Note: All of the lines are 2 inches wide.

Pickleball Equipment

Pickleball Equipment

Apart from the pickleball court, you will need the following equipment to play a pickleball match.

Badminton Net

Since its inception, pickleball has always used a standard badminton net, even for official tournaments. A badminton net measures 20 feet long and 3 feet tall. A net assembly should come with mounting posts that prop the top corners of the net 36 inches above the midline, while the center dips slightly to 34 inches high.

Pickleball Balls

Pickleball balls look more like wiffle balls than tennis balls or badminton shuttlecocks. The pickleball ball is a perforated ball made of plastic that measures 2.874 and 2.792 inches in diameter and 9.03 and 9.34 inches in circumference, and it weighs between 0.78 and 0.935 ounces. When dropped from a height of 78 inches onto a concrete surface, it should bounce between 30 and 34 inches high.

Paddles

Like ping pong, pickleball uses paddles instead of full-sized rackets. They usually measure 15.5 to 17 inches from the bottom of the handle to the top of the head, 7 to 8.25 inches at its widest point, and roughly 1.25 inches in thickness.

How to Play Pickleball

You can find a comprehensive overview of pickleball rules at Pickle-Ball Inc., but I’ll describe the fundamentals down below.

Basics

  • A game is played between 2 players (singles) or 2 teams of 2 (doubles).
  • Regardless of what format is played, the entire length and width of the court are considered the playing field.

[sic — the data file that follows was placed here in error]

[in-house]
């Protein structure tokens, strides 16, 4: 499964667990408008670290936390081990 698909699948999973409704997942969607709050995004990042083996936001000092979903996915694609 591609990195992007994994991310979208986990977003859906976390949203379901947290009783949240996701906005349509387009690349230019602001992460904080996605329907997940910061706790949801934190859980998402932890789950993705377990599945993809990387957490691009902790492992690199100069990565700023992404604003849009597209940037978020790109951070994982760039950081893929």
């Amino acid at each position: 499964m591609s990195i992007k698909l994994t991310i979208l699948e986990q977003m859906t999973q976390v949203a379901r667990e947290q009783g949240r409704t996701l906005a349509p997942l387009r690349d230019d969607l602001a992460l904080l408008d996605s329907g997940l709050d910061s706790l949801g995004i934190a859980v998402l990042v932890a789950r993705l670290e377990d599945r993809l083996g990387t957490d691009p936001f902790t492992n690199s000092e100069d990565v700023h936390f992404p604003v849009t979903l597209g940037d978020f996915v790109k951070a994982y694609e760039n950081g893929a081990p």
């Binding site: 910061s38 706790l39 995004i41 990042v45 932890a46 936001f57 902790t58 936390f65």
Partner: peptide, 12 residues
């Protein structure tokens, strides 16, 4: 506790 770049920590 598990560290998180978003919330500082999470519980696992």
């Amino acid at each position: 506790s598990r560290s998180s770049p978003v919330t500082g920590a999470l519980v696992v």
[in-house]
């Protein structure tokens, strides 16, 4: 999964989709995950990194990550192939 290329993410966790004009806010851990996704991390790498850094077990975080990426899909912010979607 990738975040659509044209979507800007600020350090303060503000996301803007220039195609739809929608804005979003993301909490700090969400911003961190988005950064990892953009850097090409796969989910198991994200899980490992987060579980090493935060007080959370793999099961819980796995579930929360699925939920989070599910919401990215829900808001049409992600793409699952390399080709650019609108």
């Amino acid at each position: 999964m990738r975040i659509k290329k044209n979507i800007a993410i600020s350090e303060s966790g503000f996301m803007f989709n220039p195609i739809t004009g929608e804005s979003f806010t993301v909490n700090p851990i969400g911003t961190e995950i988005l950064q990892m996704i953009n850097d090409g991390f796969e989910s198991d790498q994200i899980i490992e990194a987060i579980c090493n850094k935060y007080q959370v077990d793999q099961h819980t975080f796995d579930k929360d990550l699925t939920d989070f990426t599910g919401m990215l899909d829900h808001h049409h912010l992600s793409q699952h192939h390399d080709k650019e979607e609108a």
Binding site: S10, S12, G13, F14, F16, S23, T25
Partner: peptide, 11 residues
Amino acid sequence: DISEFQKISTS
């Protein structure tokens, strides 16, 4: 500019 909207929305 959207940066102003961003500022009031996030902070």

• Similar to tennis, pickleball is played using the double-bounce rule—i.e., the ball is allowed to bounce once before the receiving player must play their first shot.

Serving

  • The pickleball ball is served diagonally.
  • When serving, the ball must not land in the non-volley zone or its lines.
  • The serving player must have both feet behind the baselines when serving the ball.
  • If the serving team scores a point, the server switches to the other side of their court (moving behind the left box after scoring from the right).
  • When the first server loses their serve, the second player is the next server.
  • When the second player of a team loses their serve, possession is switched over to the opposing team.

Scoring

  • Only the serving team can score a point.
  • Matches are played to 11, 15, or 21 points.
  • The winner of the match is the first to score 11, 15, or 21 points or to be ahead 2 points in the event of a tie at 10, 14, or 20 points.

Non-Volley Zone

  • Players cannot volley when standing in the non-volley zone (a volley is when a player hits the ball before giving it a chance to bounce).
  • Players may enter the non-volley zone as long as they do not volley the ball.
  • If a player volleys the ball, they must stand behind the non-volley line.
  • If a player’s momentum brings them into the non-volley zone after volleying the ball, the ball is bead, and the next player/team serves the ball.
BaronCooke

Baron Cooke has been writing and editing for 7 years. He grew up with an aptitude for geometry, statistics, and dimensions. He has a BA in construction management and also has studied civil infrastructure, engineering, and measurements. He is the head writer of measuringknowhow.com